Let’s talk about herbicides. It’s almost the time of year when we’ll start seeing the spraying equipment hitting the fields around here, so let’s talk about herbicides, one in particular called dicamba. And if you read the agriculture press, you’ll be seeing articles like this one that warn of the pitfalls of using this old-but-new-again herbicide:  Caution Lights Ahead For Dicamba Use | Ag Professional. (And before you ask, yes, there are already dicamba resistant weeds out there and one experiment showed it took one type of weed only three generations to develop resistance to the herbicide. <read that article here>)

Now I should point out that dicamba has been around for a long time. It was developed back in the late 1950s and has been on the market ever since. It’s used to control broadleaf weeds and brush. What’s new about it is that Monsanto has developed a line of dicamba resistant crops such as soybeans which can tolerate the herbicide. With these crops being resistant to both glyphosate, the active ingredient in RoundUP, and dicamba, the hope is that this double dose of herbicide will help to control weeds that are resistant to glyphosate alone.

But there are, as always, problems.

The first of these is dicamba itself. It volatilizes easily, going into vapor, which then moves over large areas. It also is subject to drift while spraying. The droplets from the sprayers can drift over large areas as well. This combination of easy volatility and tendency to drift makes it troublesome to work with because it can spread over large areas, killing or damaging plants well outside of the area being treated. In order for dicamba to be used in the way Monsanto wanted, special blends and compounds had to be created to help prevent the easy volatility and drift of the product so it wouldn’t contaminate adjacent fields.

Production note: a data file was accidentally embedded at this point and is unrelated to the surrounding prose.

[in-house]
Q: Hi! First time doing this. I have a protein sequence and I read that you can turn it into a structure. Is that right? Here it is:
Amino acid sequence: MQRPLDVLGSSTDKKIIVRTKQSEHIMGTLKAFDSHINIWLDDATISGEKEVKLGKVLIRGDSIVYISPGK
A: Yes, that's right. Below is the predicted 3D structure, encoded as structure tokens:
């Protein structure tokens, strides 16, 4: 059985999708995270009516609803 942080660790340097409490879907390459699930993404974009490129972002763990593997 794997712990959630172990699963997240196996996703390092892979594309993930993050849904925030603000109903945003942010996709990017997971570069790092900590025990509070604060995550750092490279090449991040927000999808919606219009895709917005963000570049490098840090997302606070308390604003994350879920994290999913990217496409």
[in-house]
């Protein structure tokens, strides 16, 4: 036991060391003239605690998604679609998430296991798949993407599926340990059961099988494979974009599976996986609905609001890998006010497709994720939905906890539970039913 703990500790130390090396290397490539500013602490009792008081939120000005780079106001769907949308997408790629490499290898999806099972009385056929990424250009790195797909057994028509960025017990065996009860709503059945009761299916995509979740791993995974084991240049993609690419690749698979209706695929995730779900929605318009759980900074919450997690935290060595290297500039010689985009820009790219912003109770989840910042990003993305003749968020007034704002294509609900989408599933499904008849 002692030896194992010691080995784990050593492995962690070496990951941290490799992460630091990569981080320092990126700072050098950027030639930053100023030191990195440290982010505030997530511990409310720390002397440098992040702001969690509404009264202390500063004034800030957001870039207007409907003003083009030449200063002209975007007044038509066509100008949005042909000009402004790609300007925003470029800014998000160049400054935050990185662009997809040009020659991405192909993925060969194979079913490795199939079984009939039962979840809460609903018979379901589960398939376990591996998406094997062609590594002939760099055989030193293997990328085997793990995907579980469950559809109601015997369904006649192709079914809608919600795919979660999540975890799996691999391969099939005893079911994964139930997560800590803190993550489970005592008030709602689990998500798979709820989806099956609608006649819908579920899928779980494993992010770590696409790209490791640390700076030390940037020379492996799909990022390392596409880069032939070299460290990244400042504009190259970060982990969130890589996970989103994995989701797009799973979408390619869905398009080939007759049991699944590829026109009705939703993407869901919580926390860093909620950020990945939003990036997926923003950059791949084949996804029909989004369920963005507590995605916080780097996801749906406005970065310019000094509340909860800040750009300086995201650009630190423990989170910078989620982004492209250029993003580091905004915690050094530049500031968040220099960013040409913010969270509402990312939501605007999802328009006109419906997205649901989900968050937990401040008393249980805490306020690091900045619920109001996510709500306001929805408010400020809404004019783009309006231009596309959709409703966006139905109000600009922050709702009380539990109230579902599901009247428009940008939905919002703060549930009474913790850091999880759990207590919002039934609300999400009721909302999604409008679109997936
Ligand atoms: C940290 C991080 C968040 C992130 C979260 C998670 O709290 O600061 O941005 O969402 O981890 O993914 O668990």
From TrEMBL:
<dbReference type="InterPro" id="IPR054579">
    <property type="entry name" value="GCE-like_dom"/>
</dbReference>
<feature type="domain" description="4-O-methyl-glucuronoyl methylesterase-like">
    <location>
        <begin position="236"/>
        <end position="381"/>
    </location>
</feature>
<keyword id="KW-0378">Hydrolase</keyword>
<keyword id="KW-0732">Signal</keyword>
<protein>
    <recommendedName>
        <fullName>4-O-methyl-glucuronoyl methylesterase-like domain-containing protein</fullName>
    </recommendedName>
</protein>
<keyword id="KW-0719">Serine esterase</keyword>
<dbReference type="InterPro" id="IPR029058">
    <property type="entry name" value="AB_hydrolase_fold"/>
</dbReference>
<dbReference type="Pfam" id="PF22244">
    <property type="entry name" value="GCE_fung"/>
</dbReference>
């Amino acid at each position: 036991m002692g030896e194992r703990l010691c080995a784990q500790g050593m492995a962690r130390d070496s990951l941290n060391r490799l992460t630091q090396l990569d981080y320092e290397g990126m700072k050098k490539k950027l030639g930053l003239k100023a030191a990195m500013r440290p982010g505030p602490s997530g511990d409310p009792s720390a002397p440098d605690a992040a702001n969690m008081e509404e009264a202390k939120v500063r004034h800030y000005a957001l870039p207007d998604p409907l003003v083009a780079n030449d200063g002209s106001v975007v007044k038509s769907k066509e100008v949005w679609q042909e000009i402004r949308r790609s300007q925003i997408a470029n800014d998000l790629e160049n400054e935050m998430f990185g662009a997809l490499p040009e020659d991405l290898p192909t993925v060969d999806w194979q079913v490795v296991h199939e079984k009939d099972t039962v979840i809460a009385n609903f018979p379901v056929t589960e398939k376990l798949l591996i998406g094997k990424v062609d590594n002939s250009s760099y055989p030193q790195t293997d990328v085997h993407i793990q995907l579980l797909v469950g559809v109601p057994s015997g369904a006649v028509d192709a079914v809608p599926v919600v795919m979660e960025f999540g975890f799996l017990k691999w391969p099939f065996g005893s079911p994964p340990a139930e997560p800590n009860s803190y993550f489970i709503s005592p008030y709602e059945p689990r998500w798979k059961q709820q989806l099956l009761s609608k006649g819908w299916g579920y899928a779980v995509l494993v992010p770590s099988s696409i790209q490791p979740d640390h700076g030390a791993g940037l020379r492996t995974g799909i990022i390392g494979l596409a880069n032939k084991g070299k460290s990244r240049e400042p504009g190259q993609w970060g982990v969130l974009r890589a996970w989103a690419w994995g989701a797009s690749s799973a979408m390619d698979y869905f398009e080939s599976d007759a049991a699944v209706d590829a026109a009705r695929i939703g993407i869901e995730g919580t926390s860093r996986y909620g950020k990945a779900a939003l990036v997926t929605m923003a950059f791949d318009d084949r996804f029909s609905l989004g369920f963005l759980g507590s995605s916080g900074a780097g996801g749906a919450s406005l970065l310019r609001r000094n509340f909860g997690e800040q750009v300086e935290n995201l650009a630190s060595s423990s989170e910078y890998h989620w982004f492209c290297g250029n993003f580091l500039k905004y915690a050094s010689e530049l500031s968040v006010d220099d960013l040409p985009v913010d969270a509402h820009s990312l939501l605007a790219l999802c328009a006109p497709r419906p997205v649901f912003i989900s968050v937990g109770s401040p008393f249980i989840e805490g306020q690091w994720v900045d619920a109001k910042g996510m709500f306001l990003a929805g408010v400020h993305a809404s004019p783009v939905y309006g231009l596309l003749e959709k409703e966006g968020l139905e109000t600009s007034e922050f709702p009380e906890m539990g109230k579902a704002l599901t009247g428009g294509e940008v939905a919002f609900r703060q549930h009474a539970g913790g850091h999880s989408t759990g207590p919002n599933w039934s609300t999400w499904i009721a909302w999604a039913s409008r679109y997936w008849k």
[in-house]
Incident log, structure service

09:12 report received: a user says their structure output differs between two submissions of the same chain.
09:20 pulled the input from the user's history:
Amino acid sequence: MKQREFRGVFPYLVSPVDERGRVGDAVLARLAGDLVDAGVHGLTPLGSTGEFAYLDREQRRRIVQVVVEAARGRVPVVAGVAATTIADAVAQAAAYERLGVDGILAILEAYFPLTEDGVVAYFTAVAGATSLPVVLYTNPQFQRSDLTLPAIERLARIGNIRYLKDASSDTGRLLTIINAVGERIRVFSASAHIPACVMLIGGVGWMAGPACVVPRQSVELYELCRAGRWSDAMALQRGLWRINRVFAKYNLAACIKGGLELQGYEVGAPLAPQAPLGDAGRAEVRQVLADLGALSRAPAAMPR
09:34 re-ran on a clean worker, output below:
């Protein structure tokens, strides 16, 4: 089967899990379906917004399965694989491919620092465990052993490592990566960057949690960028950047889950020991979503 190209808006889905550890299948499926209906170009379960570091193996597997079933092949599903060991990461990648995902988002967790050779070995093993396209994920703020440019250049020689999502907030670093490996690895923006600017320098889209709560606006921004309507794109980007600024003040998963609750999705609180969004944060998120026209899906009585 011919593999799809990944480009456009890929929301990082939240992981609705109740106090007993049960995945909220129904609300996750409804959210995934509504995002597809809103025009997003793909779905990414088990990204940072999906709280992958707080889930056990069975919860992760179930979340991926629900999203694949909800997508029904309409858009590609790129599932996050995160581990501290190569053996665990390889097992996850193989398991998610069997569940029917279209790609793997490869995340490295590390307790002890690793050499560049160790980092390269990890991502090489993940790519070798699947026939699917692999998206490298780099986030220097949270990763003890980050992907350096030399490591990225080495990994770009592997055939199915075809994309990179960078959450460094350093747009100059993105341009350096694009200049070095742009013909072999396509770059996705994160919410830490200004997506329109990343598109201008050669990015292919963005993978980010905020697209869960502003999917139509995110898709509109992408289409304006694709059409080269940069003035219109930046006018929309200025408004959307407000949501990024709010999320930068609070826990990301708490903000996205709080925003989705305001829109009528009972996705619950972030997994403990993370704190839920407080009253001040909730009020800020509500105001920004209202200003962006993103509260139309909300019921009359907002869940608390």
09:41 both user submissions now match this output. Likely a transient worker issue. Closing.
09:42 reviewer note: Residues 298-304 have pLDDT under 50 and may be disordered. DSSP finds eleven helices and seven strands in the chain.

Monsanto decided to sell its Xtend seeds before the herbicide blend it was designed to work with was approved by the government. The result was that farmers who should have known better planted the seed, and then used dicamba blends that were not approved for use, and tens of thousands of acres (some estimates are in the hundreds of thousands of acres) of crops were damaged or killed by the drift from the herbicide. There are currently lawsuits going on against Monsanto claiming the company is responsible because it released the Xtend seed before the accompanying herbicide blend was available, and Monsanto should have known that some farmers would use dicamba illegally.

The new legal blend is now available, but even that isn’t going to solve the problem. There are a whole host of restrictions, requirements and warnings adorning the labels of the new herbicide. It can only be used with a particular type of sprayer nozzle, has to be applied no more than X inches above the weeds, has to be used at a certain point in the weeds’ life span, the wind can be no more than 10-15 MPH… The list goes on and on. All of the warnings and requirements indicate that this new “safer” blend isn’t all that much safer than the original form of dicamba was.